WASHINGTON (AP) - The Food and Drug Administration's new food-safety rules will cost businesses about half a billion dollars annually.
Proposed Friday, they will make the food Americans eat safer and help prevent food-borne diseases that every year kill about 3,000 people and sicken at least 2 million others.
It will still be another three years before the rules are implemented at the biggest farms and even longer at smaller farms. The new rules could cost large farms $30,000 a year, according to the FDA. The federal agency did not break down costs for individual processing plants, but said the rules could cost manufacturers up to $475 million annually.
The new rules come exactly two years to the day President Obama's signed food safety legislation passed by Congress, But their administration delayed enactment until after the election. The 2011 law required the FDA propose a first installment of the rules a year ago and food safety advocates sued the administration to expedite the process.
This marks the first time the FDA has had real authority to regulate food on farms. In an effort to stave off protests from farmers, the rules apply only to certain fruits and vegetables that pose the greatest risk, like berries, melons, leafy greens and other foods that are usually eaten raw. Rules for a farm that produces green beans that will be canned and cooked will not change.
Those types of exceptions along with the realization that outbreaks are bad for business have brought the produce industry and much of the rest of the food industry on board as Congress and FDA work to make food safer.
The most sweeping food-safety guidelines in decades will require farmers to take new precautions against contamination, to include making sure workers' hands are washed, irrigation water is clean, and that animals stay out of fields. Food manufacturers will have to submit food safety plans to the government to show they are keeping their operations clean.
Many food companies and farmers already follow the steps the FDA will require. But officials and food safety advocates say implementing the rules earlier could have saved lives and prevented illnesses in several of the large-scale outbreaks that have hit the country in recent years.
FDA Commissioner Margaret Hamburg said the rules' success depend on how much money Congress gives the chronically underfunded agency. "Resources remain an ongoing concern," she said.
The farm and manufacturing rules are only one part of the food safety law. The bill also authorized more surprise inspections by the FDA and gave the agency additional powers to shut down food facilities. In addition, the law requires stricter standards on imported foods. The agency said it will soon propose other overdue rules to ensure that importers verify overseas food is safe and to improve food safety audits overseas.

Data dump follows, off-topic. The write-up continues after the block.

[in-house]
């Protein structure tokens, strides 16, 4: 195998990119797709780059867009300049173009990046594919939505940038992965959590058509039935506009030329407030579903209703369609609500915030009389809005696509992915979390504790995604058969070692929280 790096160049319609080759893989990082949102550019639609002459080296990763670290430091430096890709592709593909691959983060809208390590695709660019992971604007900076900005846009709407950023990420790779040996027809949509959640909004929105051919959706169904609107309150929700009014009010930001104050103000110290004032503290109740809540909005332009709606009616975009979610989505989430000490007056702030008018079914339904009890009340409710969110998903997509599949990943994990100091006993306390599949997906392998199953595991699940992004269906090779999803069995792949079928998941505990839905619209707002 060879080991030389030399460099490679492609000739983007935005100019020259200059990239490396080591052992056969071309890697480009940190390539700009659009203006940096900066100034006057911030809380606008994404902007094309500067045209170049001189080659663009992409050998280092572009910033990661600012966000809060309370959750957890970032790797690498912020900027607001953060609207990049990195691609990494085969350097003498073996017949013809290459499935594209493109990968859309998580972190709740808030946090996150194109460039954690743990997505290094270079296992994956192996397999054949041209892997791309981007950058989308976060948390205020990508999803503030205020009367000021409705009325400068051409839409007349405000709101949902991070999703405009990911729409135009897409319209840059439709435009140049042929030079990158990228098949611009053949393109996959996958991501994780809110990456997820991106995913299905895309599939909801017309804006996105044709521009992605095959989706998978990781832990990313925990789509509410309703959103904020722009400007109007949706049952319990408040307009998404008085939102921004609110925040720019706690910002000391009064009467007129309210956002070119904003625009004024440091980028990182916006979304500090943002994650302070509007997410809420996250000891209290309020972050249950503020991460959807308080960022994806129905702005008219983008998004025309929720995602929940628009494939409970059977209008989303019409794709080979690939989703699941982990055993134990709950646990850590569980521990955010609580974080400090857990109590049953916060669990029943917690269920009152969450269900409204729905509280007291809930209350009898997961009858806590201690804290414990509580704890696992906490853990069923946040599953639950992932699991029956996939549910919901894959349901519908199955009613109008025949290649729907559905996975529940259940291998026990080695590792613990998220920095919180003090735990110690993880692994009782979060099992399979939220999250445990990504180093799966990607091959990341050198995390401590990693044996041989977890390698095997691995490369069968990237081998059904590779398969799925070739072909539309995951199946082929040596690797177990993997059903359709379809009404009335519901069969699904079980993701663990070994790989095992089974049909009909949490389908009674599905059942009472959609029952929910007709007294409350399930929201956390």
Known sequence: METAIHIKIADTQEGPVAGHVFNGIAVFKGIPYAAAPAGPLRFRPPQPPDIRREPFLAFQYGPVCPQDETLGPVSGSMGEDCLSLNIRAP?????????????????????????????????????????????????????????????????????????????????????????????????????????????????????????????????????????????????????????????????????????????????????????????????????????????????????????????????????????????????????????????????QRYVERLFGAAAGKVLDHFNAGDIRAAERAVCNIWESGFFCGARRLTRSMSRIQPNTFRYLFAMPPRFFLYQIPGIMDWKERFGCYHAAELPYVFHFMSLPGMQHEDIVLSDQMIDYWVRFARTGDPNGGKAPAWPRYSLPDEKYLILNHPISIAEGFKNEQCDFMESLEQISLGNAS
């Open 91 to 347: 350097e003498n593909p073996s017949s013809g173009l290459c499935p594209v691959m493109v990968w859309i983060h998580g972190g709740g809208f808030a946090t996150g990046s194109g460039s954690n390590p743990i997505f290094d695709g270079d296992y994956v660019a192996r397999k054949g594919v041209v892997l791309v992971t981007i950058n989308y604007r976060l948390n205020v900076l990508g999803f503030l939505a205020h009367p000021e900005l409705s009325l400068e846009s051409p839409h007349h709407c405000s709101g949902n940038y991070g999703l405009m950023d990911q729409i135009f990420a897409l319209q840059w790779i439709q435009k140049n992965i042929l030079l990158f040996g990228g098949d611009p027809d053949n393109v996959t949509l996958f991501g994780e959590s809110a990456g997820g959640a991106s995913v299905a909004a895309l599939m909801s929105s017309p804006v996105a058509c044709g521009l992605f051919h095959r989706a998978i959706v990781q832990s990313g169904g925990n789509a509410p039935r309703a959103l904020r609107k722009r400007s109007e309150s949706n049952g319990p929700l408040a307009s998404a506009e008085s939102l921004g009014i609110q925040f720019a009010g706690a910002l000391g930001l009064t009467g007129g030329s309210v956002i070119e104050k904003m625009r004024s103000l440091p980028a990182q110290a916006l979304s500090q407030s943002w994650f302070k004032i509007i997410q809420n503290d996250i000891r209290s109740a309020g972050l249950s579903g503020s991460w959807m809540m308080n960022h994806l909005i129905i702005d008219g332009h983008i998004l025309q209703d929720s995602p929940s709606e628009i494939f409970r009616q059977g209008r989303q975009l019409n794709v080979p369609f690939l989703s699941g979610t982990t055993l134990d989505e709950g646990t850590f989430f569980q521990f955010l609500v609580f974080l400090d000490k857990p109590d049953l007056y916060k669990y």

"The new law should transform the FDA from an agency that tracks down outbreaks after the fact, to an agency focused on preventing food contamination in the first place," said Caroline Smith DeWaal of the Center for Science in the Public Interest.
In a peanut butter outbreak this year linked to 42 salmonella illnesses, inspectors found samples of salmonella throughout Sunland.'s peanut processing plant in New Mexico and multiple obvious safety problems, such as birds flying over uncovered trailers of peanuts and employees not washing their hands.
Outbreaks of listeria in cheese and salmonella in peanut butter, mangoes and cantaloupe were linked to more than 400 illnesses and as many as seven deaths just since last summer, according to the federal Centers for Disease Control and Prevention. The actual number of those sickened is likely much higher.
In a 2011 outbreak of listeria in cantaloupe that claimed 33 lives, FDA inspectors found pools of dirty water on the floor and old, dirty processing equipment at Jensen Farms in Colorado where the cantaloupes were grown.
When the rules are implemented, companies will have to lay out illness-prevention plans, monitor their own progress and explain to the FDA how they would correct them.
"The rules go very directly to preventing the types of outbreaks we have seen," said Michael Taylor, FDA's deputy commissioner for foods.
Pamela Bailey, president of the Grocery Manufacturers Association, which represents the country's biggest food companies, said in a statement Friday that the food safety law "can serve as a role model for what can be achieved when the private and public sectors work together to achieve a common goal."